The press reports from Edinburgh 2010 may give the impression of excitement, cutting edge pronouncements, and a gathering of people afire with the Holy Spirit. For many, however, this has been a lukewarm experience, certainly a gathering where one could have sensed something false or unreal floating in the air, and an excursion for friends of the mission and ecumenical enterprise of rhetoric, money and power. Yes, there may have been a greater representation from the majority world, but it was “power” that called the shots and the center of the economic gravity remains fixed.
The nakedness and crassness of power and manipulation was evident from the engineered marginalisation and eventually “dismissing” of the director of the event, a convert from a former mission field. Those behind this move were so Christ-like that they proceeded to ban him from coming near to the place of the gathering (for which he gave three years of his commitment and that of his family to) and even the closing act of worship. The crucifixion of the director was well timed.
This act of crucifixion, with no explanation to those gathered, was carried out by Christians who claim to be witnessing to the name of Jesus. Indeed, the missionary mind-set is here to stay as it is still laregly undeconstructed. No wonder, the world is yet to believe and who can blame people for not believing what comes out of the mouth of forked tongues and hypocritical Christian religious people. This is not even to mention the violation of basic human rights. I dare say, the secular world would have behaved differently!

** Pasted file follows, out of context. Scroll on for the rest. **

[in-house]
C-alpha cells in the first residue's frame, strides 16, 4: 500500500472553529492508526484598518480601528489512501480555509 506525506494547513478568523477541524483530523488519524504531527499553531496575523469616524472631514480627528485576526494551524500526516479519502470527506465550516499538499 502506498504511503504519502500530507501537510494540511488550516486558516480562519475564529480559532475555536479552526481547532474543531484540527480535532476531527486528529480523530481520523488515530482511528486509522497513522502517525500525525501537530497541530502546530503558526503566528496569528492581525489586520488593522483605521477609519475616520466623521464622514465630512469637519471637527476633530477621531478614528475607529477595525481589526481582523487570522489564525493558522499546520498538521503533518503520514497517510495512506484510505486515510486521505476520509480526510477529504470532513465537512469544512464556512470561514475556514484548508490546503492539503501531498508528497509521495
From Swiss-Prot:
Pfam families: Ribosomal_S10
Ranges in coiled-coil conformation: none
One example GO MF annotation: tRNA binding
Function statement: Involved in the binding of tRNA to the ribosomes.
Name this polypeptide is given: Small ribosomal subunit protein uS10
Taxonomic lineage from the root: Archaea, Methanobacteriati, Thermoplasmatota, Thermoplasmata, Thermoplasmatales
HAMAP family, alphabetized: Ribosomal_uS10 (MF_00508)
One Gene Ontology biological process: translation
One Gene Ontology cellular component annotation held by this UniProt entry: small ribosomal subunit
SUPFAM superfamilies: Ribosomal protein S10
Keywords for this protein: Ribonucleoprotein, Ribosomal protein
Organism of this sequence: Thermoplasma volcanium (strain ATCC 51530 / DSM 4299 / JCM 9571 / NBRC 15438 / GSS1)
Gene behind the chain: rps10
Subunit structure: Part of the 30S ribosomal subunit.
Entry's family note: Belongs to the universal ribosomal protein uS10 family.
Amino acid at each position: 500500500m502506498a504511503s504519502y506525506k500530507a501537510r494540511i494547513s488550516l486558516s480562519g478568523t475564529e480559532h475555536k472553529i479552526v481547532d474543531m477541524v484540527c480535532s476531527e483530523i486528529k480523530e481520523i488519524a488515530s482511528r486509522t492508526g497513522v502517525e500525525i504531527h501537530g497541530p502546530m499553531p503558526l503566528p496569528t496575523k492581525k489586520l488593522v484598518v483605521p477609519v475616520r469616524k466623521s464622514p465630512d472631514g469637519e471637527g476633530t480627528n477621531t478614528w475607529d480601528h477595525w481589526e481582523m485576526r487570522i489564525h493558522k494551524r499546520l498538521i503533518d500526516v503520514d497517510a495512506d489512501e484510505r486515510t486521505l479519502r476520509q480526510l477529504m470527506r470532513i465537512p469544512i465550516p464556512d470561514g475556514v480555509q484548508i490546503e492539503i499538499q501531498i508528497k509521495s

Moreover, this case of the silencing and removal of a Director who dared to stand up to, talk back and challenge the power base of a certain kind of white male missionary mentality also suggests that racism is alive. Sadly, the last bastion of white supremacy remains the church!
The bottom line is that much of the theology espoused by those with the money and power is still premised on arrogance and has little to do with grace. It seems as if the 1910 plea of Bishop Azariah for “friends” is yet to be realised: and to that we need to add justice and righteousness. Having now received a copy of the common call (from the Conference), I ask myself: would not the words of this document remain rhetoric, nice sounding and appropriate jargons and a contradiction, as a result of the way the director has and is being treated?
“That the world may believe”? Well, I think people can judge for themselves: but if Christian witness cannot be embodied and practiced in justice and righteousness – starting at home – then belief in the Jesus Way will remain a distant dream. Notwithstanding, a sign of resurrection and hope is that one Christian brother dared to stand up and expose the skewed intent of a machinery that claims to represent the way of Jesus.
© copyright June 7, 2010